There’s a fairly constant debate in American politics– how the New Deal impacted the economy during the Great Depression. Did the New Deal help the recovery, have no effect, or extend the Depression? Those on the left generally believe the New Deal helped improve the economy while those with a more market friendly orientation believe it extended the depression.
This debate was recently reignited by a Ben Shapiro tweet.
Mr. Shapiro’s tweet linked to a Wall Street Journal op-ed by economists Harold Cole and Lee Ohanian talking about their seminal paper on the Great Depression. Their paper found New Deal labor policies held back economic recovery by seven years. Mr. Shapiro’s tweet incited a ruckus as progressive Twitter clutched their pearls. “How could any reasonable person believe such crazy revisionist history! The New Deal clearly saved the economy!” Except there is lots of evidence for the position– even ignoring the research of Cole and Ohanian. For example, per capita GDP did not return to trend until after 1940. This evidence is reflected in the opinion of economists. Half either fully agreed or agreed with reservations that the New Deal– on the whole– worsened the Great Depression.
A few weeks later Noah Smith added onto the debate with a column responding to the research of Cole and Ohanian. He characterized their research as “revisionist” and a “minority view”. Mr. Smith’ argued that Cole and Ohanian was based on questionable New Classical theory and hence could be dismissed. Of course, he was wrong.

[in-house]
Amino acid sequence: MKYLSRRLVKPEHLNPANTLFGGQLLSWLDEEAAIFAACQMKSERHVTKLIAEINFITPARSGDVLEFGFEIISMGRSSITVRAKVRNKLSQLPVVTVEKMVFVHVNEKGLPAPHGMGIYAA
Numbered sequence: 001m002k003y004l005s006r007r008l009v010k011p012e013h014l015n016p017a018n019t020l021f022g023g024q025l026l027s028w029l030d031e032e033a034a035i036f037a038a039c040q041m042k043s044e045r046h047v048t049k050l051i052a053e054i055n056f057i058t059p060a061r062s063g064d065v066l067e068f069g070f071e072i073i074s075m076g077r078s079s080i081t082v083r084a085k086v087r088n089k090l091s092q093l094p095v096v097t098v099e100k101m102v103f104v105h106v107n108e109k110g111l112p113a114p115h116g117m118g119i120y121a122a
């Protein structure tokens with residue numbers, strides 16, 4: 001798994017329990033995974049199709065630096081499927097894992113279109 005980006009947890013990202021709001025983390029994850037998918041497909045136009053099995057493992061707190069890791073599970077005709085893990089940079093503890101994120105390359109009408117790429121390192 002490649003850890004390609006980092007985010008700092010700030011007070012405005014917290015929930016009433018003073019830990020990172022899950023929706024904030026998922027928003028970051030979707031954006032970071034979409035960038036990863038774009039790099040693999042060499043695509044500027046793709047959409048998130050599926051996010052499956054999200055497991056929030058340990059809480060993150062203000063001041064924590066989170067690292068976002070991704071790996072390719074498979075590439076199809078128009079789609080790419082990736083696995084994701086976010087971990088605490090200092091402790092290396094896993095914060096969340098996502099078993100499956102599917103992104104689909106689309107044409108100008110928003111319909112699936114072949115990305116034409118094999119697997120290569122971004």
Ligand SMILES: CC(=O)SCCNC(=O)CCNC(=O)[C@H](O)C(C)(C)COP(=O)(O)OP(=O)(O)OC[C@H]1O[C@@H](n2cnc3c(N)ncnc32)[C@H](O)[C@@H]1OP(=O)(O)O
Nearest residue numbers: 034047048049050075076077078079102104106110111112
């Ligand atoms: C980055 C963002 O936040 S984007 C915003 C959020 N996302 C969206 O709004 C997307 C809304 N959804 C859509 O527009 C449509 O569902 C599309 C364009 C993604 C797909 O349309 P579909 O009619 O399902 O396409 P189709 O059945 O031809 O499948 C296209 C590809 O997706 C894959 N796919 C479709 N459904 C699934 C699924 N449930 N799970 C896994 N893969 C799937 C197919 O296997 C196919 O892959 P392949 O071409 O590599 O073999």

Nine days later, Mr. Ohanian responded on Twitter. He pointed out Mr. Smith’s argument was patently false. The economic model employed by Cole and Ohanian was “light-years” different from New Classical theory. When you actually look at the paper’s findings, I’m not sure what about it would be a “minority view”– outside the magnitude of the effect which can be debated. Who are the economists that think labor cartels help or have a neutral effect on an economy? As Mr. Ohanian notes, their paper is the only paper that explains “why labor remained so depressed until WWII, despite end [sic] of deflation, low real interest rates, and stabilization of banking system [sic] , all in 1933.”
The New Deal and Great Recession are extremely complex topics– over 70 years later and we are still debating them! The New Deal consists of a variety of policies– some good and others bad. Painting the entire program with a single brush stroke is flawed and pretending it was unquestionably successful is obviously wrong.
Debunking Progressive Cliches, Entry 1: “We need more Democracy”
Debunking Progressive Cliches, Entry 2: “Cuba is actually really good”
Debunking Progressive Cliches, Entry 3: “America was never great”
Debunking Progressive Cliches, Entry 4: “Conservative Justices are so partisan”
Debunking Progressive Cliches, Entry 5: “Socialism can be democratic”